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Discussion Starter · #1 ·
My ISP, COMCAST, has set limits on how much I can download without paying extra charges. This is a trend in the industry. Movies are dowload intensive and thus impracticable to use for a file swapping service. After all, the whole idea is to get FREE movies.


I am sure the MPAA knows this. Congress, apparently, does not. It seems that they are trying and suceeding at confusing congress and the public about their true intent. They don't have to worry about dowloading. They simply want to eliminate copies for personal use.
 

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Quote:
Originally posted by pgnewarkboy
.....It seems that they are trying and suceeding at confusing congress and the public about their true intent. They don't have to worry about dowloading. They simply want to eliminate copies for personal use.
I think you waaay under-estimate the MPAA and Jack Valenti. What they REALLY want is Pay-Per-View and Pay-Per-Play for all television content. Eliminating the ability to make personal copies is only the first step. Why do you think you hear so much about "On-Demand" systems? That way you would have to pay for anything and everything you watch EACH TIME you watch no matter when you watch it.
 

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Quote:
They simply want to eliminate copies for personal use.
But if you are downloading a movie from the net, then its not even legal for personal use, right? So I'm not sure why the presence of download limits keeping people from practically downloading lots of movies means that all other attempts to implement DRM are invalid.


Also, a lot of people don't have download limits, and MPEG4 can make a download pretty reasonably sized for folks with broadband, and they are generally made available in chunks that you get down one at a time (over a couple days if you have download limits) and recombine. Probalby plenty of people downloaded the MPEG4 rip off of LOTRs.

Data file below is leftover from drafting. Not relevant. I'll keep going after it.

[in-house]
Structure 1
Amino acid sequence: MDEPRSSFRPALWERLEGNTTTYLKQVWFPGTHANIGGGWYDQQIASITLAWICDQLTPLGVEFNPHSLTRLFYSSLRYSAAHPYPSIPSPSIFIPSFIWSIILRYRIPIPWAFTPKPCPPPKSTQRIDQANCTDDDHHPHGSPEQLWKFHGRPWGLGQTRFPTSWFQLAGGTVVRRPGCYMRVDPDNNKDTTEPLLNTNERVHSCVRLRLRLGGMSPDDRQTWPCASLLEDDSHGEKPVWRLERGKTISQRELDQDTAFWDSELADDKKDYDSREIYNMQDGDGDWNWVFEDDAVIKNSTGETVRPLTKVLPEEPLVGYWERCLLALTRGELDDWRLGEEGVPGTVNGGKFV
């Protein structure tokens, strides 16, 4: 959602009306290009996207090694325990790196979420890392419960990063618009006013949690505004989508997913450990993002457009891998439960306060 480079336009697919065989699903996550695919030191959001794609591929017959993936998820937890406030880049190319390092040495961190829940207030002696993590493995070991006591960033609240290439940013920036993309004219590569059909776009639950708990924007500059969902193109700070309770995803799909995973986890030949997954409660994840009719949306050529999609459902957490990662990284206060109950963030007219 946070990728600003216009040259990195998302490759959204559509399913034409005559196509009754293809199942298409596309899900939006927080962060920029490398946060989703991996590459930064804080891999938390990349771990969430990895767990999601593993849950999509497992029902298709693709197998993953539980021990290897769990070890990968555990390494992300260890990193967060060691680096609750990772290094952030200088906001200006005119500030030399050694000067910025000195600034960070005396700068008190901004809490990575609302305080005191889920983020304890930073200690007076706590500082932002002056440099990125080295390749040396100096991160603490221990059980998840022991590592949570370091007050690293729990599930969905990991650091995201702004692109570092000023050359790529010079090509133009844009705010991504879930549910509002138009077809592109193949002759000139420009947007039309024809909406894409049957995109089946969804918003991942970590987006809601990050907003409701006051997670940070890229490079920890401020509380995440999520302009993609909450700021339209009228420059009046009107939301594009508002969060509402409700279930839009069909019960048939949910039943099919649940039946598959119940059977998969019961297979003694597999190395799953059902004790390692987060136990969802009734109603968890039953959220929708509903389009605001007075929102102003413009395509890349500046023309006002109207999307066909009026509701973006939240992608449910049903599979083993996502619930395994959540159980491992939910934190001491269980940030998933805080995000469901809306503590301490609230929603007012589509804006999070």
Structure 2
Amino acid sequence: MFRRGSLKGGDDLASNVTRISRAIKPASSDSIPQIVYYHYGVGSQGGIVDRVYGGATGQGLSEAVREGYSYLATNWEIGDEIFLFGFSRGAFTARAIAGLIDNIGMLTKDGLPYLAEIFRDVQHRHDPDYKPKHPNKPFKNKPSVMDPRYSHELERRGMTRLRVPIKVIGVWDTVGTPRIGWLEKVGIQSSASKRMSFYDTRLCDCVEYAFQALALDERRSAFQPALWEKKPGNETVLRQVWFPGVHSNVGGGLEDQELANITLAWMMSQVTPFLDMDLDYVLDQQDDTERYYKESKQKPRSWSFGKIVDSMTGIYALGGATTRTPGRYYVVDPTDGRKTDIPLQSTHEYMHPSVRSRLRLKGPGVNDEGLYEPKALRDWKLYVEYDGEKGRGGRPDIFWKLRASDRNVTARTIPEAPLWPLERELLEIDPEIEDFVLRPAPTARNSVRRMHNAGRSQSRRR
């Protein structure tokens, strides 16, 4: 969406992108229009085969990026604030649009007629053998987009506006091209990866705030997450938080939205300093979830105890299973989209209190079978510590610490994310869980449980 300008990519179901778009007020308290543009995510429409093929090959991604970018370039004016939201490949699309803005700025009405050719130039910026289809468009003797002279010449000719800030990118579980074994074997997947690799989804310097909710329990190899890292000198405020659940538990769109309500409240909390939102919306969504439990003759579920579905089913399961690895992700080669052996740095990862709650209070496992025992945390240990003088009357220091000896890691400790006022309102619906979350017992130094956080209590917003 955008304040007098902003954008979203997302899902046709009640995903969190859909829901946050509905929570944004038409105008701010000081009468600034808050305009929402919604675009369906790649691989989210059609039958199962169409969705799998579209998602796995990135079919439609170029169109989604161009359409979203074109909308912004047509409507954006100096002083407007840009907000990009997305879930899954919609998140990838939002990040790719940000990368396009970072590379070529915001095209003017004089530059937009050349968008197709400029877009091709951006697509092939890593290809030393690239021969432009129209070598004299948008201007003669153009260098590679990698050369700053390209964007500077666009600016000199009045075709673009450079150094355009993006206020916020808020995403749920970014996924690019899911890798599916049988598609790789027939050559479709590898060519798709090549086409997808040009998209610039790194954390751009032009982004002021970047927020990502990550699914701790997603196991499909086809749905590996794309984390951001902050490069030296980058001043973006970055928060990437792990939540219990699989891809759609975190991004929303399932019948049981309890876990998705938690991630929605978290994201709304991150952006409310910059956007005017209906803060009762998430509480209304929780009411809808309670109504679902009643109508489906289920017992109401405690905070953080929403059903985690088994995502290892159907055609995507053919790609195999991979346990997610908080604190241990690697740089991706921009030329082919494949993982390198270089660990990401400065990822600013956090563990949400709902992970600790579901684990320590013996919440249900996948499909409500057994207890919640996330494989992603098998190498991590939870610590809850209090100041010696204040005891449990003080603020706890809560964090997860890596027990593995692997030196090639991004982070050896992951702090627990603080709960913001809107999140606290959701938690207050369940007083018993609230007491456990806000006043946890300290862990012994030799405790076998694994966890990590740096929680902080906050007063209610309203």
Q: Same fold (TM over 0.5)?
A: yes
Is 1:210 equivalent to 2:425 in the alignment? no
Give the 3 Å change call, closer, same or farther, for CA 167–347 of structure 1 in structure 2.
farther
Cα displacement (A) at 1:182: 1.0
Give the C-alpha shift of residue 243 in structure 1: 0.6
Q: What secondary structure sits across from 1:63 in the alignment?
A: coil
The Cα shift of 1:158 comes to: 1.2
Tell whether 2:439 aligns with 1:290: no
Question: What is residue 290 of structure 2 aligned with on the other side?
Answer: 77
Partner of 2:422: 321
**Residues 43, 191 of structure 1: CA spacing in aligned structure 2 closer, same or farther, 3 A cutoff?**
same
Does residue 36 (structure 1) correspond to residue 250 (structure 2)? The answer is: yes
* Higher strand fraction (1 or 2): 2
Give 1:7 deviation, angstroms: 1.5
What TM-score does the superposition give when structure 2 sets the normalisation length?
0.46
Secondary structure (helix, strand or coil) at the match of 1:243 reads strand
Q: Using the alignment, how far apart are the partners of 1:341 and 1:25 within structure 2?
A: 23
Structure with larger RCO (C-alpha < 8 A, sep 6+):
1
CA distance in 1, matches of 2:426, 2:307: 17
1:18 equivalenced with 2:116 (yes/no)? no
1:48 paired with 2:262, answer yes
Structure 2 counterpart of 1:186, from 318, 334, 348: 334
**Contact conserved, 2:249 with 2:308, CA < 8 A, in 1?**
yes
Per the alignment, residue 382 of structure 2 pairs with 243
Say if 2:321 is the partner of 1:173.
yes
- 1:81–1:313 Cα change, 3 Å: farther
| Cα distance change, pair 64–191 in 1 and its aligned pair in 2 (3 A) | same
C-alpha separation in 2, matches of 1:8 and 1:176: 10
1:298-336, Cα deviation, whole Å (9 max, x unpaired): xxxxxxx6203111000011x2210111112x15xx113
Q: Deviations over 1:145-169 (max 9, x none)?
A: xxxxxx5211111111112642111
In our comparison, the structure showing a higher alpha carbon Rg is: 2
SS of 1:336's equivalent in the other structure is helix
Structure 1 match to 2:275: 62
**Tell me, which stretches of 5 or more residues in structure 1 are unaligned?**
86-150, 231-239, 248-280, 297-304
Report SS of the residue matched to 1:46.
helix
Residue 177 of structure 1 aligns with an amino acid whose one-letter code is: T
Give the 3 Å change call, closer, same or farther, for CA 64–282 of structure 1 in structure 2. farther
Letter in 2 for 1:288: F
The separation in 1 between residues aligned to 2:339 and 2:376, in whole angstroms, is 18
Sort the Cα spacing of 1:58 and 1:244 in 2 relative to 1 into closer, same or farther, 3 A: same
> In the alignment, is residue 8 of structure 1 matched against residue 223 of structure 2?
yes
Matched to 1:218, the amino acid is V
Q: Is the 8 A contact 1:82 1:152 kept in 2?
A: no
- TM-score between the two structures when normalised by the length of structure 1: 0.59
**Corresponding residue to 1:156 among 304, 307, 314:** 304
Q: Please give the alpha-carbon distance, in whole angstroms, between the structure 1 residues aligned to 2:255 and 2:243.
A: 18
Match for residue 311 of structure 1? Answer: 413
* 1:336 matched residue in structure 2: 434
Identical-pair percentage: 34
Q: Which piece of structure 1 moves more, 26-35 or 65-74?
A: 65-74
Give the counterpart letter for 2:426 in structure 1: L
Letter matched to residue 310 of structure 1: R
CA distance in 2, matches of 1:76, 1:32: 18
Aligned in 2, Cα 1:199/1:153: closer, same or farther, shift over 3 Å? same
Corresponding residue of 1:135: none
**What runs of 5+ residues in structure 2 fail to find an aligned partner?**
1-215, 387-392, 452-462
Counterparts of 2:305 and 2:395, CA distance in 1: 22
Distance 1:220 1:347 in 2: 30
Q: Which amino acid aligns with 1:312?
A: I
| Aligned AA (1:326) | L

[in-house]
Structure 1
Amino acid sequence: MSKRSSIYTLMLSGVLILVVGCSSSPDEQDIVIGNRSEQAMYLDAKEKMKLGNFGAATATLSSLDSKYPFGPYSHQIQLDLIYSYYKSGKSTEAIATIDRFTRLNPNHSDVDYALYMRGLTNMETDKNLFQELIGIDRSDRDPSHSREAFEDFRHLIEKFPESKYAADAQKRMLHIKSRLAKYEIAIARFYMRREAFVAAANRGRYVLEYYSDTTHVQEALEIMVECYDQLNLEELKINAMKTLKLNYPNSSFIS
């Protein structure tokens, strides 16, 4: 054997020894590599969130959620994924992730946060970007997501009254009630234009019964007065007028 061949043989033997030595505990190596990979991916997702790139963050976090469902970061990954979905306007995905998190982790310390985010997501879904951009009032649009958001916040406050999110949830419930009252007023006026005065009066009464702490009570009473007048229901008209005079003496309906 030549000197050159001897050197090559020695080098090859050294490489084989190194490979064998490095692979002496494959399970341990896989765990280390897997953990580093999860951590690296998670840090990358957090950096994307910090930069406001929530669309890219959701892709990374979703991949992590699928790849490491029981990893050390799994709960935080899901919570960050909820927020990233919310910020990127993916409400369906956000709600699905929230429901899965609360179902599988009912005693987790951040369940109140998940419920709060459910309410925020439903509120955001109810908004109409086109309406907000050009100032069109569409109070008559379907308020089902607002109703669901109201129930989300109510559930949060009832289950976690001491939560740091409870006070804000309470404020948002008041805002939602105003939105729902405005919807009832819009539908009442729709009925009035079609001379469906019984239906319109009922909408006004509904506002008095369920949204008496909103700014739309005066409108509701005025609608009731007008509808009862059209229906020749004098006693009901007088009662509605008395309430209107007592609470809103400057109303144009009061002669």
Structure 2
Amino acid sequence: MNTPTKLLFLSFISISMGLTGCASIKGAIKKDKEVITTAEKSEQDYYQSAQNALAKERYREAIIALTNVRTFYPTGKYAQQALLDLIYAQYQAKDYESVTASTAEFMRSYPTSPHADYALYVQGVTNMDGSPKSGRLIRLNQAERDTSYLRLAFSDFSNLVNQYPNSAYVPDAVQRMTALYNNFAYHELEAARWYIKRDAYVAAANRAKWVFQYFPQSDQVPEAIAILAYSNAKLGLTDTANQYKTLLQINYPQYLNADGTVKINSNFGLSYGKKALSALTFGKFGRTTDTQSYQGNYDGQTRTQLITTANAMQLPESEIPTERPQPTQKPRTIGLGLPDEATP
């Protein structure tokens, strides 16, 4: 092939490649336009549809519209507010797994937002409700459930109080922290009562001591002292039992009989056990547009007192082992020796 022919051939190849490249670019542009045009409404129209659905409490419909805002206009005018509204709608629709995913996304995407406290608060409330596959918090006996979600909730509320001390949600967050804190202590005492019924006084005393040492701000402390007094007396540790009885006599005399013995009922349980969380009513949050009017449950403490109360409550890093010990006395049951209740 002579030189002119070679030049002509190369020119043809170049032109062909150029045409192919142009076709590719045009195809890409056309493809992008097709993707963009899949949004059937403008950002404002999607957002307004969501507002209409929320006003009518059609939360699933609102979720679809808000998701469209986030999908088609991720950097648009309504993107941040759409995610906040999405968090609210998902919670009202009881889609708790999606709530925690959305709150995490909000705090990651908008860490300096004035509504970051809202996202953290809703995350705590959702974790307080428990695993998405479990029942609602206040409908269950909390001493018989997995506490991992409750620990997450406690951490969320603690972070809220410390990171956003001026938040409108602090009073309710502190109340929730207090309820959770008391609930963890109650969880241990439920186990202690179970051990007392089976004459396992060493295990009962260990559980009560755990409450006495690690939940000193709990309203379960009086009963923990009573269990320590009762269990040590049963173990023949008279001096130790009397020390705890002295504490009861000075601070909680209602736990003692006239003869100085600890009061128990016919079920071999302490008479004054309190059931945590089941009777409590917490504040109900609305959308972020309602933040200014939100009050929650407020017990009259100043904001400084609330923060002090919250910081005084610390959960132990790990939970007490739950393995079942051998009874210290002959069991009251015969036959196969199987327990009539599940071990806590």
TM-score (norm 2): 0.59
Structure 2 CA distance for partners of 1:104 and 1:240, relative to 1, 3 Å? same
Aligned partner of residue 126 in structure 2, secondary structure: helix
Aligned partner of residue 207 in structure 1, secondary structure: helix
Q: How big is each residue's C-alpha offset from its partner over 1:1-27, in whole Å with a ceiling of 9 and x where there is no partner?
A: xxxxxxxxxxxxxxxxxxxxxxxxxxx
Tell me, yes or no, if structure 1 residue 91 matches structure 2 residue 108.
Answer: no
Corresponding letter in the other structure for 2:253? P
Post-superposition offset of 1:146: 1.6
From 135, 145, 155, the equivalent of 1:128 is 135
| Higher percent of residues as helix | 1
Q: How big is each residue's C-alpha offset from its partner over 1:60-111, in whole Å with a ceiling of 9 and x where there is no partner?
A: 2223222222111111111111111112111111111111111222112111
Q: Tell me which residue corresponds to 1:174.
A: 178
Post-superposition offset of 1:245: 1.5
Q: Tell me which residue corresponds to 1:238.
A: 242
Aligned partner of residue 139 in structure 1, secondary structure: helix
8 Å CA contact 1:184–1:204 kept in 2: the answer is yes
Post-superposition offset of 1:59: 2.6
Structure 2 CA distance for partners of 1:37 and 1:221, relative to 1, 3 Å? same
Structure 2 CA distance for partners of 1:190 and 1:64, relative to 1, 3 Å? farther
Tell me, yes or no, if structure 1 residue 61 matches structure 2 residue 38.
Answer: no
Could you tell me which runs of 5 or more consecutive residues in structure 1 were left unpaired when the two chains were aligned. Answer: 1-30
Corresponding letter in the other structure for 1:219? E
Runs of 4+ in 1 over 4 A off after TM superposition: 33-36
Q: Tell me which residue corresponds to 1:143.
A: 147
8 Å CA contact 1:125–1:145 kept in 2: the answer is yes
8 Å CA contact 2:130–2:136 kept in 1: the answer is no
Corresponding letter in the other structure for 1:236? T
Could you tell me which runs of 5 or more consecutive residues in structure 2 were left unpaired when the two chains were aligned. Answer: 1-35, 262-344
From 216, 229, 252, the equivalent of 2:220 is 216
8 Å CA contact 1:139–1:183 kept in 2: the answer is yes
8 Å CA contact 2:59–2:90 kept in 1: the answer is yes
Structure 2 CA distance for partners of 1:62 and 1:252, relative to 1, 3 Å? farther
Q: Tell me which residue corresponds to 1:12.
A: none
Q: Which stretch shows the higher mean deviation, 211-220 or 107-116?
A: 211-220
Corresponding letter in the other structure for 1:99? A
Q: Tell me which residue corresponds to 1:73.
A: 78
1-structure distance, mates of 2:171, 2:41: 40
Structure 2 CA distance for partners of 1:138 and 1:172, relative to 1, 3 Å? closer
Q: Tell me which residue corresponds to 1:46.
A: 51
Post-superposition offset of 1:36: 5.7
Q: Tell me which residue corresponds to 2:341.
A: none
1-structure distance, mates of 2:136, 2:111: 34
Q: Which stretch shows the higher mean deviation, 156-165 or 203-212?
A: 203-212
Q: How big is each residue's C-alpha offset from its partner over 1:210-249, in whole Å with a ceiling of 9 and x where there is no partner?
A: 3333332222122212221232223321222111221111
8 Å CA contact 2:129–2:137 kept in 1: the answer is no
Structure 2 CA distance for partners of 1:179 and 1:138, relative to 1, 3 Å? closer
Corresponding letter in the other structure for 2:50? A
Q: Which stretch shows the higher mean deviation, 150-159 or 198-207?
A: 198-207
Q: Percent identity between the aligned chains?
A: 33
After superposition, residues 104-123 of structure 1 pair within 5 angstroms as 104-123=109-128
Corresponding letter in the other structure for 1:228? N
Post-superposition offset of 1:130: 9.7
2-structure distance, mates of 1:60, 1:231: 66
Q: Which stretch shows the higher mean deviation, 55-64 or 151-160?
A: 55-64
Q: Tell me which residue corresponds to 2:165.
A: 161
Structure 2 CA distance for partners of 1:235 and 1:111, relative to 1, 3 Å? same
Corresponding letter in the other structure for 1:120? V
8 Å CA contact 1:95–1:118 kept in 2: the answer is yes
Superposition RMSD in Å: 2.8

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Blank DVD-R's & DVD-RW's are just over a buck these days and each can hold a few movies at typical download resolutions. Once every high school and college kid has a DVD burner the cost will be about the same as blank CD's are now. The MPAA is maybe barking at the wrong mailman.


- Tom
 

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Where can you get DVD-R and DVD-RW for just over $1? From what I hear they're $3.50 at the cheapest (CompuUSA I believe) and up to $10 per DVD. I'm still hoping for the prices to drop to about $0.10 per DVD media like the CD-Rs are priced at now so that I can truly consider purchasing a DVD Burner for my computer.
 

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Can you clarify how Comcast is implementing this? I have Comcast and I don't have a download limit, only a cap on availible bandwidth at 1.5mbit. Which is decent, when Comcast was using @Home, we were capped at 3mbit.